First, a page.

What did the monetary system look like under the Articles of Confederation?  

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mkoren eNotes educator| Certified Educator

The monetary system under the Articles of Confederation was not a solid one economically. Under the Articles of Confederation, both the state governments and the federal government printed paper money. Thus, there were United States dollars and dollars from each of the state governments. This led to significant economic problems.

With no unified currency and no central control of it, states were free to print as much paper money as they wanted to print. This led to inflation, as too much money was available in the economy. People began to doubt the value of the paper money, and in some cases, they wouldn’t accept it as a form of payment. Instead, they demanded payment with gold or silver coins. This sometimes led to rebellions, such as Shays’ Rebellion, where farmers in western Massachusetts were upset because they were losing their farms when they couldn’t come up with the gold and silver to pay their mortgages.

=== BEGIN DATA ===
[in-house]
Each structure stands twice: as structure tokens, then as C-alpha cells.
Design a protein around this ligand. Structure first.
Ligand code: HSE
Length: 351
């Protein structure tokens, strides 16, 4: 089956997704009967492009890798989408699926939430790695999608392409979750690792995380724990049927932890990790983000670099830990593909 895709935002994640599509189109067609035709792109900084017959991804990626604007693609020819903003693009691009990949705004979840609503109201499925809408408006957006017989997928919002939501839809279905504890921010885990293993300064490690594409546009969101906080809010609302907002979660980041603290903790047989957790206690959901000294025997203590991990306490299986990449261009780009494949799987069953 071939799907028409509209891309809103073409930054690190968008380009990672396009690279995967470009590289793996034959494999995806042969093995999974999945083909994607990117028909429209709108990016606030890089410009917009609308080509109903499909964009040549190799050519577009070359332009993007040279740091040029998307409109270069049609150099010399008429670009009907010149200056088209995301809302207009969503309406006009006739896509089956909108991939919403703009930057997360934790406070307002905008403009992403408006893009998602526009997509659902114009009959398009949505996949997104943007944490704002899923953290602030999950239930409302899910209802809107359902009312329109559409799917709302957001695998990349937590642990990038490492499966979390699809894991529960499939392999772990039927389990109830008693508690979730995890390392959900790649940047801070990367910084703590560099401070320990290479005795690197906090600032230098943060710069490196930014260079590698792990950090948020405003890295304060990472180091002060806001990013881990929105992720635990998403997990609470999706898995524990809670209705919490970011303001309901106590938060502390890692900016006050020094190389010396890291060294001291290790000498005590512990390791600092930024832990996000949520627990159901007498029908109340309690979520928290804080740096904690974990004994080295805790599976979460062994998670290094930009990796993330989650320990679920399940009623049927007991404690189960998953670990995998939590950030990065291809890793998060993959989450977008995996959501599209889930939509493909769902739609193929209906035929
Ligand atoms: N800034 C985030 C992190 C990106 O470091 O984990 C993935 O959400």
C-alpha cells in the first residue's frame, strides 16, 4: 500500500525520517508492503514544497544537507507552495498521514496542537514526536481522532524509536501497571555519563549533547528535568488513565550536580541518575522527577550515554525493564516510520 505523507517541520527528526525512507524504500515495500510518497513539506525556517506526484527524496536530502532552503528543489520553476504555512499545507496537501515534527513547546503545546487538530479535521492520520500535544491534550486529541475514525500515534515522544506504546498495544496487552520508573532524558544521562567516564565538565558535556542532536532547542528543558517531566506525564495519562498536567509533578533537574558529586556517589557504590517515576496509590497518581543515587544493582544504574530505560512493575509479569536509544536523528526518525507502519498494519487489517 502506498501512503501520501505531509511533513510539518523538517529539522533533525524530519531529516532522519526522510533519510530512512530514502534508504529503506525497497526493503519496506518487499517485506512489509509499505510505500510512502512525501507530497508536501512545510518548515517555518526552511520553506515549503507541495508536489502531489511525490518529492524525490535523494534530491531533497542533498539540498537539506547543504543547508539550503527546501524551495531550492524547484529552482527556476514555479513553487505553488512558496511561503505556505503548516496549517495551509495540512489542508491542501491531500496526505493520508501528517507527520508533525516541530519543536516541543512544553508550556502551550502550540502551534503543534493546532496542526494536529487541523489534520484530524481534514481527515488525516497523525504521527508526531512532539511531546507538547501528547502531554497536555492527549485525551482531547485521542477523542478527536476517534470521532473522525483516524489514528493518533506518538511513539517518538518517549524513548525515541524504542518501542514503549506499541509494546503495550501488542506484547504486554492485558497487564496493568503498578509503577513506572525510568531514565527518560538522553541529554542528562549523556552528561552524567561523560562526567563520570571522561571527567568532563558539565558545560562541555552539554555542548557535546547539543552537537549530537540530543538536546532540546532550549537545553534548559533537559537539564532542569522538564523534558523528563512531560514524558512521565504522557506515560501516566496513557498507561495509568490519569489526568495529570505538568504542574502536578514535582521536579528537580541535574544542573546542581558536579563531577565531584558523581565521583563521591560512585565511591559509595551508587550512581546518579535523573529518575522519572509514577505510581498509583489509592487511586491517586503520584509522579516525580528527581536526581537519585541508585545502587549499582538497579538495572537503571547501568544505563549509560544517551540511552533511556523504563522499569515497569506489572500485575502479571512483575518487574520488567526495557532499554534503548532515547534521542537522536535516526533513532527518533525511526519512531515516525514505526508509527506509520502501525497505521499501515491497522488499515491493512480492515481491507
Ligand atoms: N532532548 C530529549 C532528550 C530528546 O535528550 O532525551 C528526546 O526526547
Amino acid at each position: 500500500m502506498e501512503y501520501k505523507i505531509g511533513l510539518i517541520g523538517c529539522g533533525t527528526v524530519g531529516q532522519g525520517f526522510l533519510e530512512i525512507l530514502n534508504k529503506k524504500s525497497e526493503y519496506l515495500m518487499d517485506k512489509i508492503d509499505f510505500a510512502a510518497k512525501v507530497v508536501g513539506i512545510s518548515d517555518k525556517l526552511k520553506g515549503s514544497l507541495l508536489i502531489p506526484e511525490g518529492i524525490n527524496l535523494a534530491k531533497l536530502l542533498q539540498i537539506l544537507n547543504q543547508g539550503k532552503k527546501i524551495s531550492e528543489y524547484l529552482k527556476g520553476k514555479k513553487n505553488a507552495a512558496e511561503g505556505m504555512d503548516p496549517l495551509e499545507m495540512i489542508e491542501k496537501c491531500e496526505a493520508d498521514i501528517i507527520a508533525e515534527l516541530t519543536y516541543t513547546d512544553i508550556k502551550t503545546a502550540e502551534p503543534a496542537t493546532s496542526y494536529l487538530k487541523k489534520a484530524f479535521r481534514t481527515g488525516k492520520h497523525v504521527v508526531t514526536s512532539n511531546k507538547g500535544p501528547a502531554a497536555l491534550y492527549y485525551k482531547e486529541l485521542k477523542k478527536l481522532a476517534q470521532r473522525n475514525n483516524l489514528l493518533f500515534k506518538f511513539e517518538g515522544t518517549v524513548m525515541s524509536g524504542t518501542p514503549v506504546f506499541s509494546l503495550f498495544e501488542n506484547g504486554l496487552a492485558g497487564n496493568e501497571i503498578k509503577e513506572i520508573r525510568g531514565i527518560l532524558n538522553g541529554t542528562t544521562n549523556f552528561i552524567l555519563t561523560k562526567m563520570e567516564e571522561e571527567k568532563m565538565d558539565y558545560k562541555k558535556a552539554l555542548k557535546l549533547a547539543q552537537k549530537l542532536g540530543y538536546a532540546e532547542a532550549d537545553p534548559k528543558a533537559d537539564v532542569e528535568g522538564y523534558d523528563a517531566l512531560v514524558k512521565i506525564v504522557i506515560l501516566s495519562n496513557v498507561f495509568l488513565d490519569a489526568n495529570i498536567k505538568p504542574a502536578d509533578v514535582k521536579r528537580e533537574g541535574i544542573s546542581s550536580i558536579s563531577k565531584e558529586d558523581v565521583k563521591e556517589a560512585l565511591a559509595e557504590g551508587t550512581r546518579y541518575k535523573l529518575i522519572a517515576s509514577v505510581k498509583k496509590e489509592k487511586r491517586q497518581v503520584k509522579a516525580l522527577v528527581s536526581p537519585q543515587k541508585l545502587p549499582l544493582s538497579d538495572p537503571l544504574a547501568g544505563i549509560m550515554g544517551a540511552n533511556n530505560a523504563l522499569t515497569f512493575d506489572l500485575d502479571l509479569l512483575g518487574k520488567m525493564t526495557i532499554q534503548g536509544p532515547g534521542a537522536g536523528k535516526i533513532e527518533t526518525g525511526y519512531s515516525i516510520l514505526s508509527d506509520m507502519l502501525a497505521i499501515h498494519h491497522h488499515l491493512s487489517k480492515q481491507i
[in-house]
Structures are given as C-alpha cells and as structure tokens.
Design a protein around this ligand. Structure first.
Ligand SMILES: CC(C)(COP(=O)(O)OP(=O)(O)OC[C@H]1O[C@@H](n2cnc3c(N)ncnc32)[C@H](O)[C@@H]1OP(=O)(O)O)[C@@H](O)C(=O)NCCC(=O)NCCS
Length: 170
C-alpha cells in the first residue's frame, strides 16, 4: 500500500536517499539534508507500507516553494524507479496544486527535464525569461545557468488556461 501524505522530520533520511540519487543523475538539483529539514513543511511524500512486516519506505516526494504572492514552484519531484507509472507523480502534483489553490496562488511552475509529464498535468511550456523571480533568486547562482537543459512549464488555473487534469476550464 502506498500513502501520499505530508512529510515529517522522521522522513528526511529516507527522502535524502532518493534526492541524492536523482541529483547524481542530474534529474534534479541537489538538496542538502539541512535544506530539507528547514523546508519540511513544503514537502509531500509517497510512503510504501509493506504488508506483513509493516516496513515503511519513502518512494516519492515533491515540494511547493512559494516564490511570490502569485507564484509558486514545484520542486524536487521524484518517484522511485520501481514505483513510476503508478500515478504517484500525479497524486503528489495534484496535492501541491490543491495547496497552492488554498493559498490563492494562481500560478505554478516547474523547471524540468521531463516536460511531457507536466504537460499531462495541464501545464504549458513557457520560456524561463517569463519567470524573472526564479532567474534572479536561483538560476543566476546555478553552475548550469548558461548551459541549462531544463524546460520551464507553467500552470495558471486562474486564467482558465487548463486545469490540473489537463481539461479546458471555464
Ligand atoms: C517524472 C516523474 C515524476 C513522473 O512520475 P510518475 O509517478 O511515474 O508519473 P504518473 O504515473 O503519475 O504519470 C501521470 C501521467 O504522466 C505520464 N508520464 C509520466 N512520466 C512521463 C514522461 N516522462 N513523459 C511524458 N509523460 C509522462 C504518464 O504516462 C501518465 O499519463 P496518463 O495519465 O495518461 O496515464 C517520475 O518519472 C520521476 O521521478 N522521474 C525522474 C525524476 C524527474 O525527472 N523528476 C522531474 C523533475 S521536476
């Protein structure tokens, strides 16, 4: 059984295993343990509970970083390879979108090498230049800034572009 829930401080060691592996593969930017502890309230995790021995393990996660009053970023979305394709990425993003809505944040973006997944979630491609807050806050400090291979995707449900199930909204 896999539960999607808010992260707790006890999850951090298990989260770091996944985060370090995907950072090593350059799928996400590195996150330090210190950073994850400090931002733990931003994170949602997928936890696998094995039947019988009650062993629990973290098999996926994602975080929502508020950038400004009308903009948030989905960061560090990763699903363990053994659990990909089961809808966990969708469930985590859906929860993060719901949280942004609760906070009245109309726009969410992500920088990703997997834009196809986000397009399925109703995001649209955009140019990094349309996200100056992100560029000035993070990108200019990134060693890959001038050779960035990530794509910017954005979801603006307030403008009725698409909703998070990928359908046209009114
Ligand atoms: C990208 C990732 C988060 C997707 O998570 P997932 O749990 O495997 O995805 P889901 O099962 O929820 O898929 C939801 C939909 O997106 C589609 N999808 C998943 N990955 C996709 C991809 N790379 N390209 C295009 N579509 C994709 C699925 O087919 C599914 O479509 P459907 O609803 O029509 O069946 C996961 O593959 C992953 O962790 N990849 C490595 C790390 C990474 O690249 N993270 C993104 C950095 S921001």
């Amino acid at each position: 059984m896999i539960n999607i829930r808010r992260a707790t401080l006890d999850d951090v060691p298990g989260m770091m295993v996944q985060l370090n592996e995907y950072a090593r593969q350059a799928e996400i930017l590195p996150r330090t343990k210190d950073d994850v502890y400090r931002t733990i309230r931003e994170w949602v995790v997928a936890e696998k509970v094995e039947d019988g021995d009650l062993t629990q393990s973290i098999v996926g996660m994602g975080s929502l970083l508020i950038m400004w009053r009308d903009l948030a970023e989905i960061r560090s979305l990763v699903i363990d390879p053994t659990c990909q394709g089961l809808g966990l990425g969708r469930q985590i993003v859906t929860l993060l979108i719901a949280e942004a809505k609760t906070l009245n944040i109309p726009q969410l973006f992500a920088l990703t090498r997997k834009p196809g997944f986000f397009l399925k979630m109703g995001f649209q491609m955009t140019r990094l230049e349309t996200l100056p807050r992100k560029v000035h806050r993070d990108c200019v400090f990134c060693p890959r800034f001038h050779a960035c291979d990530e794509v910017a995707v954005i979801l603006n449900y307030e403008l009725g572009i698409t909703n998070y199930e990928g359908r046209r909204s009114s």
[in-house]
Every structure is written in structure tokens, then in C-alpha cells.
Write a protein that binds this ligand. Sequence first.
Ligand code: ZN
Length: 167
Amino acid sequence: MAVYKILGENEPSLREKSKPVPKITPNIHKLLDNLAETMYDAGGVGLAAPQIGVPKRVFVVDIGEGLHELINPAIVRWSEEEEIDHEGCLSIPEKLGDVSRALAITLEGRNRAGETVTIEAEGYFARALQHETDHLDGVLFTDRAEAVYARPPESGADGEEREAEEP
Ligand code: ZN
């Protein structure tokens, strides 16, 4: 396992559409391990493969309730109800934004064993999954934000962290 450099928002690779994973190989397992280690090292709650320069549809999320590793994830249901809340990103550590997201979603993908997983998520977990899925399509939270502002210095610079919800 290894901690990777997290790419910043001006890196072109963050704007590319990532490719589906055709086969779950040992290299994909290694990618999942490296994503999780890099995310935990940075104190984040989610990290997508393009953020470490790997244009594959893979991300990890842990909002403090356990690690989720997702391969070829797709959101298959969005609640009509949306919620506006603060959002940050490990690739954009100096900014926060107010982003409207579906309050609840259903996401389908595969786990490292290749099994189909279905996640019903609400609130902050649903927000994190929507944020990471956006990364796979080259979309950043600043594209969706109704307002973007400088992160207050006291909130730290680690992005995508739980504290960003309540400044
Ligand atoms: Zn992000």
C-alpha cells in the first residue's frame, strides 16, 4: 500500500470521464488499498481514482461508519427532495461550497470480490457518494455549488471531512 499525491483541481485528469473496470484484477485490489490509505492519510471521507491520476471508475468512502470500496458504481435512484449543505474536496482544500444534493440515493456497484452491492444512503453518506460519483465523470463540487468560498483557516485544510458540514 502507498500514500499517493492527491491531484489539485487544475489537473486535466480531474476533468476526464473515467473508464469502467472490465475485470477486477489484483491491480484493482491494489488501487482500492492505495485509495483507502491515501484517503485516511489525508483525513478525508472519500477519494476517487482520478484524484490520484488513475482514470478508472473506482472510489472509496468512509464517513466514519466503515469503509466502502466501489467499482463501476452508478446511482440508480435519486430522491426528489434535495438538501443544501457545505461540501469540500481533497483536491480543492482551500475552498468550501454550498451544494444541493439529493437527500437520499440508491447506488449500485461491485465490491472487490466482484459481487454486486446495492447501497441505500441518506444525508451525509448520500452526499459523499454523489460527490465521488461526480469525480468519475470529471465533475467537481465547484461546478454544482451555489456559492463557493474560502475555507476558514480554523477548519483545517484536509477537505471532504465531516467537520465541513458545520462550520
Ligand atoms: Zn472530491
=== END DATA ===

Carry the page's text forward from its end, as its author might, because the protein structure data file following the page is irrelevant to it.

These financial problems helped encourage our leaders to decide to write a new plan of government, which is the Constitution.

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